"As you scale, there is another transition to make. This happens when there are at least three tiers in your company flow chart and you have to manage through managers because you aren’t working directly with frontline employees (such as maintenance technicians, leasing agents, etc.). This transition is, in many ways, even more difficult than the first. But it is necessary if you truly want to scale to 100-plus units."
Check the article out here.
The article also features a video from our YouTube channel on the same topic which you should check out as well:
Once again, The Babylon Bee has summed up the current political stupidity as well as it could be (in this case, shilling for big tech):
On the other hand, it's nice to see much of the rest of world come out strongly against this even if US liberals (lol, as if they're "liberal") demand more and more censorship by the tech oligarchs. Here's Mexico's Andres Manuel Lopez Obrador (who's growing on me) blasting big Tech's decision:
Well boy do I find myself in a weird spot. It would seem to me that there was a reasonable likelihood of voter fraud in the 2020 election. (There always is some, but I mean enough to shift the result in the electoral college.) I also think Trump is a clownish grifter who needs to go. I also thing the LARP-de-ta (as I call it) was bad but anyone calling it a "coup" is a liar a moron or both. I should note, that sums up 100 percent of the people call it a "coup."
Given this wasn't a coup and that Trump and company riled up the crowd that got out of hand and turned into a riot (and some may have planned to rush the capital before), I don't think Rudy Guilliani and company need to be pardoned. But who knows? With Patriot Act 2.0 looming (thanks "liberals") they may just throw out every convention there is and charge everyone Trump ever knew.
But worry not, Trump is handing out pardons... for a fee that is.
An associate of Rudy Giuliani, President Donald Trump's personal lawyer, told a former CIA officer seeking a presidential pardon that Giuliani could help arrange one for $2 million, The New York Times reported Sunday.
If true, that's one of the most pathetic things I've ever heard (as well as corrupt, obviously).
But Trump's pardons make it plausible. While I think Flynn deserved a pardon, that's about the only one I am in favor of. Others who obviously deserve pardons, like Snowden and Assange, are instead persecuted. On the other hand, the Blackwater murderers and the corrupt father of his son-in-law get bullshit pardons.
The only defense of Donald is how insane the Left is right now. And, of course, the only defense of the Left is how much of a grifting asshole Donald is. What a wonderful political environment we live in. Luckily, the capital right now just screams "we live in a free country!"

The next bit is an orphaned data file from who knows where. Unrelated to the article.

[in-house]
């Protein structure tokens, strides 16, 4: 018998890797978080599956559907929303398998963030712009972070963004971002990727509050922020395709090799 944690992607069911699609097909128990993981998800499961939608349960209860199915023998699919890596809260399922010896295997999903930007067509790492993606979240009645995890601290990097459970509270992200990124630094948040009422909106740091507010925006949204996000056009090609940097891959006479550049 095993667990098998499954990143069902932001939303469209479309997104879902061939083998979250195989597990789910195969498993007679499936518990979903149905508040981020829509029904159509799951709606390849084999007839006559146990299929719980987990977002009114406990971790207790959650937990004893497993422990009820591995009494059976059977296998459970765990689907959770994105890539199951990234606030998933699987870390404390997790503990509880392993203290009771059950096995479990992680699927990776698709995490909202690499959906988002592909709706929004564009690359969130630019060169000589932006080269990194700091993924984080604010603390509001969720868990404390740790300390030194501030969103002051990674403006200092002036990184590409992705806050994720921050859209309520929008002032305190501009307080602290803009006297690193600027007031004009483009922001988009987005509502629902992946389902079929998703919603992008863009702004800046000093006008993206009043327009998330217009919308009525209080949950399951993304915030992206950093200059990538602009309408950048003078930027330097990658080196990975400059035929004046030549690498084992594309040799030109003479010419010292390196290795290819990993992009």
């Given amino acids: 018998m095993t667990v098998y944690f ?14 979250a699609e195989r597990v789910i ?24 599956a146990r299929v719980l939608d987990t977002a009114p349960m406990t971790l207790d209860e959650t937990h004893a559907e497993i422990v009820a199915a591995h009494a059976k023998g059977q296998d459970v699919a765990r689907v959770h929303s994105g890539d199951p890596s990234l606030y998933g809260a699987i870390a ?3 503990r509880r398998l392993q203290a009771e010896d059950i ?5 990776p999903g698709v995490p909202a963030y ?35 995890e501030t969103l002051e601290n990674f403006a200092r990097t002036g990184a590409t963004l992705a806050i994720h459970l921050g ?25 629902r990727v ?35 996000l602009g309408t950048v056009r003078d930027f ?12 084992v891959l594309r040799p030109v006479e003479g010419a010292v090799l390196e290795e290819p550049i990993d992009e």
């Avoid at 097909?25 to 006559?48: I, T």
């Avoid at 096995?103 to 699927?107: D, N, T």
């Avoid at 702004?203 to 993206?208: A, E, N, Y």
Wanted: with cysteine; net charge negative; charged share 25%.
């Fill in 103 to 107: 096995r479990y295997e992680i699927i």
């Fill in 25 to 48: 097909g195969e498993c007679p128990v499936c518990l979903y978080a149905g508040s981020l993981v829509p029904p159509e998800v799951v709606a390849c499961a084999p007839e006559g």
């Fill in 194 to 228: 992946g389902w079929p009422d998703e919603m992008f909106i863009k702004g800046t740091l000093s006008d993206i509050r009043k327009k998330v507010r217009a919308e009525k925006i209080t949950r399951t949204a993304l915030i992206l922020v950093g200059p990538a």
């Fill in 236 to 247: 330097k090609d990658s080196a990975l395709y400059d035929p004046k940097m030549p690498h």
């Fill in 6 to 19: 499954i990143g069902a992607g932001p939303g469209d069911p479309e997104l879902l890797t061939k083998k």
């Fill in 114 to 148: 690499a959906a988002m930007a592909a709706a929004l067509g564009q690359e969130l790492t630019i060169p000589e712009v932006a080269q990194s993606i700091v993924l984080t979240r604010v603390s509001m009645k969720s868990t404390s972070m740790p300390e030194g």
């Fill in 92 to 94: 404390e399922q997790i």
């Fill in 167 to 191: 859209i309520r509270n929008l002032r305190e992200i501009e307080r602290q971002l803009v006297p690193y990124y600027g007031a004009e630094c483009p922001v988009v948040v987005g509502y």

My latest article for BiggerPockets is up that asks whether the most important thing you should look for is built-in equity when buying (i.e. getting in at 75 to 80 percent of the ARV) or cash flow. My answer is equity.
Buying with built-in equity allows us to BRRRR a property, get all (or most) of our money out, and repeat the process more quickly than we would have otherwise. Even if the "otherwise" here involved a house with better cash flow. Furthermore, it's built-in equity that protects us from the dangers of leverage and allows us to take advantage of its upsides (which are very big)
Although I make an important cavet which many seem to have misunderstood. (Some in the comments falsely assert I am comparing cash flow to potential appreciation.)
This doesn’t mean that cash flow doesn’t matter. You still need to buy properties that cash flow. There are a few occasions when the trends in an area are so strong it makes sense to hold a property even if it bleeds each month. But these instances are few and far between and should only be done with a small percentage of your portfolio. Going big on properties with negative cash flow is, more or less, just speculating.
The article is also based on a video we did for our YouTube channel which you should check out as well:
My newest article for BiggerPockets digs into a study highlighted by The Visual Capitalist from a study done by doxoINSIGHTS. It shows that American savings are being depleted and many people are missing payments or putting them off due to the pressures of the pandemic/lockdowns/recession. As the report notes,
“Unsurprisingly, worrying about personal finances also means that more Americans are deferring their bill payments during the pandemic. However, these vary depending on the type of bill, total amount, and immediate urgency.”
Here's how it shakes out:
Check out the rest of the article here. It's quite sobering.